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Is the Current Criminal Justice System as Fair and Effective as We Can Reasonably Expect


Submitted By cattyd
Words 2491
Pages 10
The long continuing debate of whether the current criminal justice system is 'about as fair and effective as we can reasonably expect' has been addressed in this essay. It is argued throughout this essay that the criminal justice system fails to meet with the protection and well being of the public by not appropriately processing offenders. Six main arguments of this essay highlight weaknesses within the system. The first argument of this essay exposes the time in which offenders spend in remand prior to their trial. The second, debates whether bail over remand is being used appropriately. The third shows how lenient judges sentencing decisions are, and in addition to this, the fourth argument shows what effect the media has on the courts decisions. Then finally the fifth researches the rate of offenders re-offending. This essay concludes that the criminal justice system is not using it's ability to the fullest to stop these offenders from re-offending within our community.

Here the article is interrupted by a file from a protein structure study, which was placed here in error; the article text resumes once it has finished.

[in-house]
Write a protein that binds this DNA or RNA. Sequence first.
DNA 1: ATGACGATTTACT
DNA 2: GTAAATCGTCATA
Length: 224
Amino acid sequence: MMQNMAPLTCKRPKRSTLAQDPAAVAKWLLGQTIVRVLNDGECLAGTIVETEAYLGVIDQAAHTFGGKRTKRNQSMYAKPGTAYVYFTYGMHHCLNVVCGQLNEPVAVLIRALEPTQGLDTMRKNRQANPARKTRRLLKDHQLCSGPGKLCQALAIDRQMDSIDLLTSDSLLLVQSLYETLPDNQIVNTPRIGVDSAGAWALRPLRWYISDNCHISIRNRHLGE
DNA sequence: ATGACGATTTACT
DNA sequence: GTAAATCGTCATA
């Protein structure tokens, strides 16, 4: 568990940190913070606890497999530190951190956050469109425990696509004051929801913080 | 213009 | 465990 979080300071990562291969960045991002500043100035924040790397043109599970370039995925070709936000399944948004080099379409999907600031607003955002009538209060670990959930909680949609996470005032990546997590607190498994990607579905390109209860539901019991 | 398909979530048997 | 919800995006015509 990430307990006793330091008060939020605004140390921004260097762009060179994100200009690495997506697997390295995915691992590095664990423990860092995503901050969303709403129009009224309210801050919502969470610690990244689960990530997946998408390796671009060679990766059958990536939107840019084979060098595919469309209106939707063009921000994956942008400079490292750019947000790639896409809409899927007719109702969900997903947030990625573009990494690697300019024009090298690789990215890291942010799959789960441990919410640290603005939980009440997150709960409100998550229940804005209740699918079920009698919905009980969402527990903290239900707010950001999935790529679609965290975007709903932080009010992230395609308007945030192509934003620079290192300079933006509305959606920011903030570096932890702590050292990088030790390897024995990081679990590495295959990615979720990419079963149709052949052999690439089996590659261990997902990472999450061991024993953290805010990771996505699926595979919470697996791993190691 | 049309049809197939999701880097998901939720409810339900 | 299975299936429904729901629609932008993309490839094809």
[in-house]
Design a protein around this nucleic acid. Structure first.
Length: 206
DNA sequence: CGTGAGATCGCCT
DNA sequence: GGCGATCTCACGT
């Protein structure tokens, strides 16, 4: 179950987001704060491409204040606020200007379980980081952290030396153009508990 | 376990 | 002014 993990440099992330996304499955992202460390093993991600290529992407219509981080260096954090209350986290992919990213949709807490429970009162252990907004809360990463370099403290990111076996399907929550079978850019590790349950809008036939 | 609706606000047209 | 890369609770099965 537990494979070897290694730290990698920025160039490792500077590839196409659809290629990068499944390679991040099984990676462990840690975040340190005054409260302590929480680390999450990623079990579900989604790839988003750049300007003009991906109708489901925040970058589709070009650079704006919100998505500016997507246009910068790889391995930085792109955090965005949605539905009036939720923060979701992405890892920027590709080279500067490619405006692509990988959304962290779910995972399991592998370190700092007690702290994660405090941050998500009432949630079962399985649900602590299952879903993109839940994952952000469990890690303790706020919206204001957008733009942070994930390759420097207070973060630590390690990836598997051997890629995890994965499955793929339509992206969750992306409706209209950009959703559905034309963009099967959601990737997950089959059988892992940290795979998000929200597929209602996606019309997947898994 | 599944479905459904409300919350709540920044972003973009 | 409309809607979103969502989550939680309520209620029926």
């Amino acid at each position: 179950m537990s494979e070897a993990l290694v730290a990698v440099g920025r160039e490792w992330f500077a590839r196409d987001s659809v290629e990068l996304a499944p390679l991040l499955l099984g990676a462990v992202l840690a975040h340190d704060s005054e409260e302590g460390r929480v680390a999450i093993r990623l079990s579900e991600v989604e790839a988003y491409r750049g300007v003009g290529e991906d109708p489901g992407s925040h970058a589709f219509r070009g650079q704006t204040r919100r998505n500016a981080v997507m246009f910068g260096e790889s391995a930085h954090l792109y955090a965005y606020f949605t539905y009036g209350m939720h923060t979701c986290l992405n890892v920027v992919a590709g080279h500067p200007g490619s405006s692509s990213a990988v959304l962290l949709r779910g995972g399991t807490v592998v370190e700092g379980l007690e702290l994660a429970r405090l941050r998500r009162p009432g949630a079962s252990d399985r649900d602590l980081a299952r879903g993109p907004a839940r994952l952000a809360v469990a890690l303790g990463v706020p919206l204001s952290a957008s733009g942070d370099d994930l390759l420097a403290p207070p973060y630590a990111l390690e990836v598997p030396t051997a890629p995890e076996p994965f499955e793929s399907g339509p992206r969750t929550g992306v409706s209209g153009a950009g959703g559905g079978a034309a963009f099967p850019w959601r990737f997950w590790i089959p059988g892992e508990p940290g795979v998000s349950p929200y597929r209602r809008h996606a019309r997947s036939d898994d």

The first argument in the weaknesses of the criminal justice system addresses the time an offender spends in remand, in the wait of their trial date. The length remandees are spending in custody is far too extensive, and more action needs to be done to trounce this problem within our system. When a person is placed in remand it is believed the main factors are; so that they actually show up for their hearing, to protect witnesses, or anyone else if they re-offend, and in some cases the accused themselves need the protection (Sarre et al 1999). Biles (1990) documents that the annual prison census conducted in 1990 shows us that out of 1,843 remandees, 4.3 per cent spent over one year in custody and 13.3 per cent of those served between six to twelve months. Due to this lengthy remand period, we are now seeing an increase in our prison population, mainly that of remandees rather than convicted

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